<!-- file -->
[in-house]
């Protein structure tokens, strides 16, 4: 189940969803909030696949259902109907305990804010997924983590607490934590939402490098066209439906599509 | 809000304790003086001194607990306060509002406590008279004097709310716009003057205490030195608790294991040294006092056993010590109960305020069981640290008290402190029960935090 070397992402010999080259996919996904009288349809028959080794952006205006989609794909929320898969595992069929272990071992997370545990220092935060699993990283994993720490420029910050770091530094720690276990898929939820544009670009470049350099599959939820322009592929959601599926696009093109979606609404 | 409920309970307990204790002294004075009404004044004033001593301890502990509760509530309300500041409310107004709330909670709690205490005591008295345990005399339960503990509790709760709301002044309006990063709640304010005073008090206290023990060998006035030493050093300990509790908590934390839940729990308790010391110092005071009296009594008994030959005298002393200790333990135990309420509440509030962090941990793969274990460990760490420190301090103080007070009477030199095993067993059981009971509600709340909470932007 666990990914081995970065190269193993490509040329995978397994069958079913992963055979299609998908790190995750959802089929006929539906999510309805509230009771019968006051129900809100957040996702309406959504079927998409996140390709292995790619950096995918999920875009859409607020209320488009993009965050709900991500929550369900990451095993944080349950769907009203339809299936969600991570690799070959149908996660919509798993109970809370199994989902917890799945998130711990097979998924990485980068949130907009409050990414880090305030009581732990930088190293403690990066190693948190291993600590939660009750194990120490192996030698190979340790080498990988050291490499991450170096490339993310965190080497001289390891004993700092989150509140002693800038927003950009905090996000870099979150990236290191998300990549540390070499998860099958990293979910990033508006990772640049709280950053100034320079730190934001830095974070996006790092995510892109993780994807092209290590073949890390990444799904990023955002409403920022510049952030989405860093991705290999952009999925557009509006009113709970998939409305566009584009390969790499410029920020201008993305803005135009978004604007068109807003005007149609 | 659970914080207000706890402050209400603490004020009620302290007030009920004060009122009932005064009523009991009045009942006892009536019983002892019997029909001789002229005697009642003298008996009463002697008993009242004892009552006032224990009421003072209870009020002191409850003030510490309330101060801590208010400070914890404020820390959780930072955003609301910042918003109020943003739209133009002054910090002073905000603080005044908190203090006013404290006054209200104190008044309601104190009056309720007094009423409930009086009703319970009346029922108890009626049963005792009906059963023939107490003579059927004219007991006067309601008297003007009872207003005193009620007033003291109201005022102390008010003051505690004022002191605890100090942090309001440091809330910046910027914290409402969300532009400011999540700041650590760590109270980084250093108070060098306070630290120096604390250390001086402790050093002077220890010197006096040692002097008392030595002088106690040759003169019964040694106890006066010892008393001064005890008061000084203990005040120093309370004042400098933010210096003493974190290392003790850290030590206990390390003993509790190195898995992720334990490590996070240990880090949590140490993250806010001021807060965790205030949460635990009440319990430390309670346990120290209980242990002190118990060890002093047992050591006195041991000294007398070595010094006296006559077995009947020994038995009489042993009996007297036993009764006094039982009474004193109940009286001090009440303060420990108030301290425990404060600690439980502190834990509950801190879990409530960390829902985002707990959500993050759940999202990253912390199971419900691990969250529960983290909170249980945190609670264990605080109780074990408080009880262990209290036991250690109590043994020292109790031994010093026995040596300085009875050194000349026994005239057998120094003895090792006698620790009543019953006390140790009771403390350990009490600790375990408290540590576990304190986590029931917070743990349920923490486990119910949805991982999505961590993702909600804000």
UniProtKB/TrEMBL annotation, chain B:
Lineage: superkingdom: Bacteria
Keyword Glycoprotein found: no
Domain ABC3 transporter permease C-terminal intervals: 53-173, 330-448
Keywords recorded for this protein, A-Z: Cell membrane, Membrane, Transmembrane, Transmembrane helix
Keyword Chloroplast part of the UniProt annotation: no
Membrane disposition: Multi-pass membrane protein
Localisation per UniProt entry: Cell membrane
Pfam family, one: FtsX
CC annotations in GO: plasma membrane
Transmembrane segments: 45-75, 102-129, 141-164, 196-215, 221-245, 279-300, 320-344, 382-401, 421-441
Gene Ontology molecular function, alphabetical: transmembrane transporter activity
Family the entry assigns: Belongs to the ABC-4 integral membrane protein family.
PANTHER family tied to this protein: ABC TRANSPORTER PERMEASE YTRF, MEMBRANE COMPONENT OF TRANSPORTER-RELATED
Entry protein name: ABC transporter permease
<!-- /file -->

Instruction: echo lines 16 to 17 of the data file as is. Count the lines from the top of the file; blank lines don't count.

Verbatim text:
PANTHER family tied to this protein: ABC TRANSPORTER PERMEASE YTRF, MEMBRANE COMPONENT OF TRANSPORTER-RELATED
Entry protein name: ABC transporter permease